Red alert over annoying rise in trigger warnings - save them for the people who really need them.
Published 02/05/2014 | 07:50
Do you know what a trigger warning is? No, not the intimation that someone is about to get shot. It's a cautionary notice that comes attached to potentially disturbing material – whether that's a film, or a television programme, or an online blog – alerting vulnerable people to the content and giving them the option to switch off, or go elsewhere.
Fair enough, in principle, especially when you're talking about volatile subjects like rape or child abuse. It seems only humane to tell victims that they may be hurt, bothered or – in the worst-case scenario – retraumatised by such subject-matter.
But now trigger warnings have got seriously out of hand. The internet is splattered with them, like stupid sanctimonious graffiti, and they're a growing presence in the real world, too (assuming we can still distinguish between actual reality and the virtual kind), holier-than-thou disclaimers popping up everywhere.
Failure to comply marks you out as an insensitive boor, heedless of the terrible harm you may be causing to emotionally-damaged individuals.
It seems that there's hardly a subject worth discussing that doesn't come with its own trigger warning and there are plenty of 'helpful' online lists enumerating the topics that must be red-flagged.
Suicide? Paedophilia? By all means slap a warning on it. But pregnancy? Spiders? Slimy things? I'm not too fond of cockroaches, for instance – bad experience on a Spanish holiday – but I'm not going to collapse in a heap on the floor frothing at the mouth if someone happens to mention them unexpectedly without issuing an appropriate alert.
At this rate you may as well stick a trigger warning on everything, since there's no limit to the list of subjects that people could potentially be upset or offended by.
That logic has escaped the authorities of certain progressive American universities, which are considering student-led demands to attach warnings to certain classic literary texts in order to protect scholars from encountering damaging content.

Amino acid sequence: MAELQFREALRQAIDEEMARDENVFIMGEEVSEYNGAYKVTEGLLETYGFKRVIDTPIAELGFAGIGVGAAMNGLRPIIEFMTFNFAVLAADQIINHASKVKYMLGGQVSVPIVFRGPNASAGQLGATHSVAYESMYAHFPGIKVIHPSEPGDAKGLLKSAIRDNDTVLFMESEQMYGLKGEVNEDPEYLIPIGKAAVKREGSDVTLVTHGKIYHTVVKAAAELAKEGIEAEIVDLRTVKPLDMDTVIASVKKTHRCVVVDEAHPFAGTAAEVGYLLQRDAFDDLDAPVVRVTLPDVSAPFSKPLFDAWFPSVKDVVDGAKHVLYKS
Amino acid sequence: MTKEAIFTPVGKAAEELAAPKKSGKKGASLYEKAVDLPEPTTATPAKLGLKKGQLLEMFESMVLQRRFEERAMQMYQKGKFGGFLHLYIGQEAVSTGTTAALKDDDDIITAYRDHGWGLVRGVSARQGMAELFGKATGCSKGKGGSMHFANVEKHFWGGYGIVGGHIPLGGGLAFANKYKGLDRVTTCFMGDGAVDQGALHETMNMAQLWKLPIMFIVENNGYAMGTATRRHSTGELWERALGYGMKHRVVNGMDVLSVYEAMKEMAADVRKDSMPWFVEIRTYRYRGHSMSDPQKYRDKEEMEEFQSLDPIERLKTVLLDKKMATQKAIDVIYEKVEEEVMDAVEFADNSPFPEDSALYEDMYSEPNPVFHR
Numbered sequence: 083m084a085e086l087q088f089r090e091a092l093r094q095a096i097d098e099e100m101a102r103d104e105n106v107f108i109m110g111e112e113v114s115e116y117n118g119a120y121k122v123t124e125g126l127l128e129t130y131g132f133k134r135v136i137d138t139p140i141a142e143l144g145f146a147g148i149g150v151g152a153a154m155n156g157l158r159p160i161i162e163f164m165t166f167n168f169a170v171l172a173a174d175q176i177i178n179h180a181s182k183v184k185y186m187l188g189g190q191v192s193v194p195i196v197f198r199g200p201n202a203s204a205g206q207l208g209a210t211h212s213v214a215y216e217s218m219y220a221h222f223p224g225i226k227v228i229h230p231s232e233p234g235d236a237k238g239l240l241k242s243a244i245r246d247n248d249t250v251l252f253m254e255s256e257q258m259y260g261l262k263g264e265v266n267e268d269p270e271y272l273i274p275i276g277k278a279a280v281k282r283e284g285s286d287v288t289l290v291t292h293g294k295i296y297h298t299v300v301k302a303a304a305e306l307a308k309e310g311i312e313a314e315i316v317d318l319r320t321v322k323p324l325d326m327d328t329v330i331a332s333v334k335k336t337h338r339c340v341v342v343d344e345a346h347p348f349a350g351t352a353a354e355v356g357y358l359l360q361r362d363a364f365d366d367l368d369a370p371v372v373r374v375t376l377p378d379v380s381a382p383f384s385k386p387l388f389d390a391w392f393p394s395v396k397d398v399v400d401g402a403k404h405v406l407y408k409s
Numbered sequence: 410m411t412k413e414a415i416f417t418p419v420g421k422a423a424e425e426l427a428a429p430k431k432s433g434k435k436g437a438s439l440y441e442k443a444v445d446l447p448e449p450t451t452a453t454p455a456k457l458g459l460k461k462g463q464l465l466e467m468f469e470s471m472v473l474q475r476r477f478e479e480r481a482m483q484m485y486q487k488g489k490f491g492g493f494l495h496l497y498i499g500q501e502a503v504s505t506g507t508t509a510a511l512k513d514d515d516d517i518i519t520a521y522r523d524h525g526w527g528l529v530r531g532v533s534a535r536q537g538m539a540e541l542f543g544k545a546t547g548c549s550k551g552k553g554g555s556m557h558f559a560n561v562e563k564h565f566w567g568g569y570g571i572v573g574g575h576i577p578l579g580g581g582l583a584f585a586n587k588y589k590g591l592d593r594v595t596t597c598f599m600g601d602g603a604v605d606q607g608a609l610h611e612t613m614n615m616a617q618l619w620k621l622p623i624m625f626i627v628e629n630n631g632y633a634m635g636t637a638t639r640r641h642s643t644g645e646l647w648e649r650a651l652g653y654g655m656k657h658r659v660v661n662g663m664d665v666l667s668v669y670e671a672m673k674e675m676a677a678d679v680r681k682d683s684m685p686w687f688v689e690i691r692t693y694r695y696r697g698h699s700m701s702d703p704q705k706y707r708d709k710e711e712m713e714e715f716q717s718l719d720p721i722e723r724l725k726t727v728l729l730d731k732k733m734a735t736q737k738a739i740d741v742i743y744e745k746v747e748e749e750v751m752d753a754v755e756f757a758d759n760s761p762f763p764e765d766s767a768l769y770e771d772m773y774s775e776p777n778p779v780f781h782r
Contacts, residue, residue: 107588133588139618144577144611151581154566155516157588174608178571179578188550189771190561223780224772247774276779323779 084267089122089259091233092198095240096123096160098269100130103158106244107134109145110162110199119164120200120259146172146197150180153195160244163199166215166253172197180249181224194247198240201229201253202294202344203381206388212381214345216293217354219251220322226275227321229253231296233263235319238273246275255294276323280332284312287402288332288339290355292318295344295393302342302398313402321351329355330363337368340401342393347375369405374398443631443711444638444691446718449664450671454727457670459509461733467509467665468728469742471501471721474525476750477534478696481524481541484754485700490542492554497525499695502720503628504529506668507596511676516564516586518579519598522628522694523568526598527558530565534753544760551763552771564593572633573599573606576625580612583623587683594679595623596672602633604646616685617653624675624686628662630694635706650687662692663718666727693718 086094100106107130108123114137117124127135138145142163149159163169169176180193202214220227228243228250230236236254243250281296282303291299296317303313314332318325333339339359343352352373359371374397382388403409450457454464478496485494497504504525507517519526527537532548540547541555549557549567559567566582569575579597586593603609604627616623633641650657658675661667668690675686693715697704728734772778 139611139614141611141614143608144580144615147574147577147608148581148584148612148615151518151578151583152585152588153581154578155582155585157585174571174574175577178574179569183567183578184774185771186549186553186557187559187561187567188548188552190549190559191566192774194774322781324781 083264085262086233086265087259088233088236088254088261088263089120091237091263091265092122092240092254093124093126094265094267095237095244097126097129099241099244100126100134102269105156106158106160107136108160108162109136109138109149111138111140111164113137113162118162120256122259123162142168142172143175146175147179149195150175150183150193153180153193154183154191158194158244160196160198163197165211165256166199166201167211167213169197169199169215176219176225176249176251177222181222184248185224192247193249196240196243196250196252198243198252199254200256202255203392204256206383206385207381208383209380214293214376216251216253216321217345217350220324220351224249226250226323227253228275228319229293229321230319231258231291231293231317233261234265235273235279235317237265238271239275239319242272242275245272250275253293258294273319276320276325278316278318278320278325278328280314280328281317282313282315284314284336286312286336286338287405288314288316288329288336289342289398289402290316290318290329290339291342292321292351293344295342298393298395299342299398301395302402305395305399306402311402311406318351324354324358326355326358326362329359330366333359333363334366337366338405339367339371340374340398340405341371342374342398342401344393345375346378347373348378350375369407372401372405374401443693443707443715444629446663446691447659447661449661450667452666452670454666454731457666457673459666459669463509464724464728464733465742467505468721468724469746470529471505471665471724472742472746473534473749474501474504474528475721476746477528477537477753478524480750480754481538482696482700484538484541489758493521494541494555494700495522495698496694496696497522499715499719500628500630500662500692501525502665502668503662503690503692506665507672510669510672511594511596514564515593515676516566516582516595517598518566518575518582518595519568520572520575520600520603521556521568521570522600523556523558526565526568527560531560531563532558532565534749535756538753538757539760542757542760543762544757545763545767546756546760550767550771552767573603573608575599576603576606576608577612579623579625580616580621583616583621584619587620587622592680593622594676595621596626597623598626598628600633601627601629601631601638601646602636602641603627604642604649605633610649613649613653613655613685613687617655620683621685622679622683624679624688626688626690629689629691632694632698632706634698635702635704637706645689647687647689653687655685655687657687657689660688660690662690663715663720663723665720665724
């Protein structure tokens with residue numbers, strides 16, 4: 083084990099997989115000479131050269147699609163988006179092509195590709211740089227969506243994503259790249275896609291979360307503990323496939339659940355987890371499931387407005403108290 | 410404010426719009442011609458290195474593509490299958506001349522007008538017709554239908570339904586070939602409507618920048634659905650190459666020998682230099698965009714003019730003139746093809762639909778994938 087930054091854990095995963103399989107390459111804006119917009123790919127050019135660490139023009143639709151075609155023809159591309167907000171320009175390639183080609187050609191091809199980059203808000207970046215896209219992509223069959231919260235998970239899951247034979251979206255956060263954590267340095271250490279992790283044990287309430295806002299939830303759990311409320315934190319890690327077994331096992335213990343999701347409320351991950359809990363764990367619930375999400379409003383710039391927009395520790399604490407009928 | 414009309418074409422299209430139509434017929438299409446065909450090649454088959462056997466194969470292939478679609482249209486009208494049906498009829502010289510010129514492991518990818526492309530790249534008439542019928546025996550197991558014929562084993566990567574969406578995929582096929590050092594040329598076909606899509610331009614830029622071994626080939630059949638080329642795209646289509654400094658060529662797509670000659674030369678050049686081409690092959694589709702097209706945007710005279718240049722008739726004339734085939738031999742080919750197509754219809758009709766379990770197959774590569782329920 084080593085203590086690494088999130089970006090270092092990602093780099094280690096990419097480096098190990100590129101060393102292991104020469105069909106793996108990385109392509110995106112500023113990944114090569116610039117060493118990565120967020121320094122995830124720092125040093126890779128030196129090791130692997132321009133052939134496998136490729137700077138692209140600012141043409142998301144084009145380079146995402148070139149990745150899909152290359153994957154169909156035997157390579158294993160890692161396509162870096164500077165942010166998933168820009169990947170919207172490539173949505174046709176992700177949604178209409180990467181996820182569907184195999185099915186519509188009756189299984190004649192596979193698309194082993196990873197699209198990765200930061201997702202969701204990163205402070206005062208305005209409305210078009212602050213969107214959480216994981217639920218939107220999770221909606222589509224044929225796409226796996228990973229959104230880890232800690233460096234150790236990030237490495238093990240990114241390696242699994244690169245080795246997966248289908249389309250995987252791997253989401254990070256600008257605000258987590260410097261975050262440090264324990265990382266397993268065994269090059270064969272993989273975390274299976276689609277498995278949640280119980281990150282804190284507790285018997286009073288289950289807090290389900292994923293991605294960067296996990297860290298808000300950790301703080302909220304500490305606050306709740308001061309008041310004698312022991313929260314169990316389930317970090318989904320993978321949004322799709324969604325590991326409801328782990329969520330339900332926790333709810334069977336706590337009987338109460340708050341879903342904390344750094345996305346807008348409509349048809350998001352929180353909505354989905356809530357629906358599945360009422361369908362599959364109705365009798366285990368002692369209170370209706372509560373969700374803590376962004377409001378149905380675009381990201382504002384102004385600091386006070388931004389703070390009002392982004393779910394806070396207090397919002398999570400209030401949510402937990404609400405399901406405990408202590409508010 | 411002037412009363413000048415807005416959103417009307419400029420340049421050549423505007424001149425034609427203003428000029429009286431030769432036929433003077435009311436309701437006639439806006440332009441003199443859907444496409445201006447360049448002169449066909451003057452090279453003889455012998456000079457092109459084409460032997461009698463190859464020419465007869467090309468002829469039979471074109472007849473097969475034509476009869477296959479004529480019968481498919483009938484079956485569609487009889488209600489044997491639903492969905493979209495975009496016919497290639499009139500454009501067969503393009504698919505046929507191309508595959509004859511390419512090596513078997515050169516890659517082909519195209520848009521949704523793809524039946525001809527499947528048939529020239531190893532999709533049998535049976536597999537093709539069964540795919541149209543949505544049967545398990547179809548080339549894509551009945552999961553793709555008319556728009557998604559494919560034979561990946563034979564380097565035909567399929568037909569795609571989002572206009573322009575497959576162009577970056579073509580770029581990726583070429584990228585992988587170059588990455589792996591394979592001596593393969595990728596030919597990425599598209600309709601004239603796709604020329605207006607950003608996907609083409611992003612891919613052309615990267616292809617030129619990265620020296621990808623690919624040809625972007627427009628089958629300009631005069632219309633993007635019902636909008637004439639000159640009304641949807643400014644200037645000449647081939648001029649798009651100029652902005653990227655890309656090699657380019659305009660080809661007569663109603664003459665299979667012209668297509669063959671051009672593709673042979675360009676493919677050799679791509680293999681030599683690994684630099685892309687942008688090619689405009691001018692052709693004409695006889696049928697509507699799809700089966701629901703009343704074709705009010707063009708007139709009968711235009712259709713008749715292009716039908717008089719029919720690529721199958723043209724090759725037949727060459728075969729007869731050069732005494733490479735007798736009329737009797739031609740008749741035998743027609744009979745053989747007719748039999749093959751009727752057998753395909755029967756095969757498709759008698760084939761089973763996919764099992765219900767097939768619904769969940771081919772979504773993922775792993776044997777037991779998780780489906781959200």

At Rutgers University in New Jersey, F Scott FitzGerald's masterpiece The Great Gatsby stands accused of upsetting vulnerable readers with "a variety of scenes that reference gory, abusive and misogynistic violence".
Right, and Dodie Smith's One Hundred And One Dalmatians is sure to trigger extreme anxiety in anyone who has ever had their Dalmatian kidnapped, under threat of being turned into the most exquisite fur coat.
Look closer at what's going on here and you see that the original, well-meaning intention to protect has changed into something quite different – another tool for liberal fascists (who make an ugly mockery of true liberalism) to control and restrict the flow of debate and shut down anything that they don't want to hear, or that doesn't fit comfortably into their approved list of acceptable things to say.
Such warnings contribute to a growing culture of over-sensitivity and foolish babying, where the most arcane hang-ups are pandered to and even to disagree with someone is seen as an aggressive act.
Nobody could accuse Northern Ireland of such sappy nonsense. The entire place is one big trigger warning in a more literal sense. The marks of past horrors are everywhere, not least in the house-high paramilitary murals which celebrate and fetishise extreme violence.
Online thought-police demand that the very mention of guns should come with a red flag attached lest anyone should be left feeling disturbed.
How do victims of our own conflict feel when they actually see – not merely read about – a 10ft image of an AK-47 in the hands of a balaclava-wearing thug? What kind of internal response must that trigger in somebody who has had their body or their mind shattered by these self-appointed 'freedom fighters'?
And, sometimes, it will be the most unexpected, innocuous things that will reawaken that terrible fear which catapults victims right back into the moment where they were hurt.
A psychotherapist who specialises in treating victims of the Troubles told me that, for one police officer, it was the smell of marzipan at Christmas that brought them to their knees in panic, because it was so reminiscent of the sweetish scent of detonated explosives.
So there's real trauma, and then there's the fake, self-indulgent kind, and it's vital that we distinguish between the two.
Save the trigger warnings for the people who really need them.